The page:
It’s time for residential power customers who get their power from Berkeley Co-op and Santee Cooper to pay attention to the power agreement for Mount Holly Century Aluminum.
Santee Cooper will not agree to a deal of $13 million a year to use the transmission line to get power to our plant from a third party. They say that this would be an unfair deal and would raise the rates of Santee Cooper residential power customers and others like Berkeley Co-op.
From The Post and Courier:
“The company said last week it will close its Mount Holly plant by the end of this year if state-owned utility Santee Cooper does not agree to a plan in which Century would buy its electricity from an undisclosed, out-of-state supplier. That supplier would have to use Santee Cooper’s transmission lines to bring power to the smelter, a concession the utility says it can’t make because it would unfairly raise costs for other customers.”
A key sticking point involves Century Aluminum’s offer to pay Santee Cooper about $13 million a year in “standard transmission rates,” so that the unidentified out-of-state power provider can use the Moncks Corner-based utility’s lines.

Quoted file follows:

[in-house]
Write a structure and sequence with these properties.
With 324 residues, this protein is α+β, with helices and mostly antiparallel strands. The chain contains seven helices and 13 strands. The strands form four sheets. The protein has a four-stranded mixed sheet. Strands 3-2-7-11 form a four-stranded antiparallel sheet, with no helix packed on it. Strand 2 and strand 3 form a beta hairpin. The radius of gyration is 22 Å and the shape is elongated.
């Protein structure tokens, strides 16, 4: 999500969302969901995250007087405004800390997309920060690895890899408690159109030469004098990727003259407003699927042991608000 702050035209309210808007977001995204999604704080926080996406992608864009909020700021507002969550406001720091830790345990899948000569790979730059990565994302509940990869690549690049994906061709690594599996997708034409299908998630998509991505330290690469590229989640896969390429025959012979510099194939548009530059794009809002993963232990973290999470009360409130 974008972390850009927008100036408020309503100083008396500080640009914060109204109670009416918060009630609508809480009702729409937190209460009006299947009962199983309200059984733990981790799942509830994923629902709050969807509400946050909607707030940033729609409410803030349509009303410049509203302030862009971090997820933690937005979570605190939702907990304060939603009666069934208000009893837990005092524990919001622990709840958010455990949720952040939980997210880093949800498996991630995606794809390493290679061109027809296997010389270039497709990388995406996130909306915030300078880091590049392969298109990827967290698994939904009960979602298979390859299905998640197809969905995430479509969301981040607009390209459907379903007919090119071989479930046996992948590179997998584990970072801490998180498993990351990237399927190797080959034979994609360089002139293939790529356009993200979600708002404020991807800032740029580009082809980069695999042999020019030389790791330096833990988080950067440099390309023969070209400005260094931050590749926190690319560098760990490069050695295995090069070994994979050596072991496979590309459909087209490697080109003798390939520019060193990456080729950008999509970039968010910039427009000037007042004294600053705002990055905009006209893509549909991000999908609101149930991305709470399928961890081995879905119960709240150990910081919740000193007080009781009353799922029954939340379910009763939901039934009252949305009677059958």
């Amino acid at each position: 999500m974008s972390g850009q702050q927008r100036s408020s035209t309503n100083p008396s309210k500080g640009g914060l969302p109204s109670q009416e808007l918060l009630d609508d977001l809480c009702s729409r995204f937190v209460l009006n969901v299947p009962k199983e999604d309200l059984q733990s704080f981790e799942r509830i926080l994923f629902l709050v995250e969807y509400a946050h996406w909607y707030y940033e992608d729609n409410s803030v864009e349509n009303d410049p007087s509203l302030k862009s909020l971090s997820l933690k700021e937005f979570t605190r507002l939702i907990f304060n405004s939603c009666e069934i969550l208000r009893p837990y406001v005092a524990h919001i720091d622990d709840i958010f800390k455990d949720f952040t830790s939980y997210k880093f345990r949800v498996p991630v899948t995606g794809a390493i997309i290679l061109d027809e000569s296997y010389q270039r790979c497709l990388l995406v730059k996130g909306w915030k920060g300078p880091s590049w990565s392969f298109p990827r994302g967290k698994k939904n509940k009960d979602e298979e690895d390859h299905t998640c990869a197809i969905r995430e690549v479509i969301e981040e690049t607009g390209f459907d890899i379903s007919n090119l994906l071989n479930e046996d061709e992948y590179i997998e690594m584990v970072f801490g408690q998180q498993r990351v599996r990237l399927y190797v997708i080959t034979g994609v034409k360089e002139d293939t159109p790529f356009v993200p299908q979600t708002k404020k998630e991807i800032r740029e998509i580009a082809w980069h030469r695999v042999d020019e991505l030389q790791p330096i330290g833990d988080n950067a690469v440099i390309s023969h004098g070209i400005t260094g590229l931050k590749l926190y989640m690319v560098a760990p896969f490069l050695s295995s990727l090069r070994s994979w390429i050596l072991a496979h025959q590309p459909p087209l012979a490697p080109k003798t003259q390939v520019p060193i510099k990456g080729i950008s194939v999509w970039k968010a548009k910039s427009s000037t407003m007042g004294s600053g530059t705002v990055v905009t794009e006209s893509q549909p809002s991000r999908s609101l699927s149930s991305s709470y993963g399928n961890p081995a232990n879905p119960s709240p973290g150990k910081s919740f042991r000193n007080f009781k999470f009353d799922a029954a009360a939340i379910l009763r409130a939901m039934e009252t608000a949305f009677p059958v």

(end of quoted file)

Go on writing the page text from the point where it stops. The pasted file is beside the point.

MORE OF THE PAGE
Santee Cooper spokeswoman Mollie Gore said that rate, established by the Federal Energy Regulatory Commission, is not available to retail customers but allows utilities to buy wholesale power from the grid “to protect the reliability of our power system.”
OK, so there will be an unfair raise in costs for other customers if we pay Santee Cooper $13 million a year just to use the transmission line.
But what kind of unfair rise in cost would the other customers get if Century Aluminum closes?
From The Post and Courier: “Century Aluminum accounts for about 8.8 percent of Santee Cooper’s annual electric revenues, or roughly $175 million. ... If Century Aluminum closes, Santee Cooper says the impact to its bottom line would be a wash.”
So if Century Aluminum gets a deal, it equals an unfair rise in cost to other customers. But if Century Aluminum closes, Santee Cooper will lose $175 million in annual revenues, and they call that a wash.
So why would you think that is a wash?
Maybe because they are pushing a rate increase to all of the residential power customers. How can you lose $175 million and call it a wash?
The people of Berkeley County need to pay attention and understand that we are fighting the big company that thinks it can do whatever it wants and we have to just sit back and take it.
Join the fight.
Employee of Century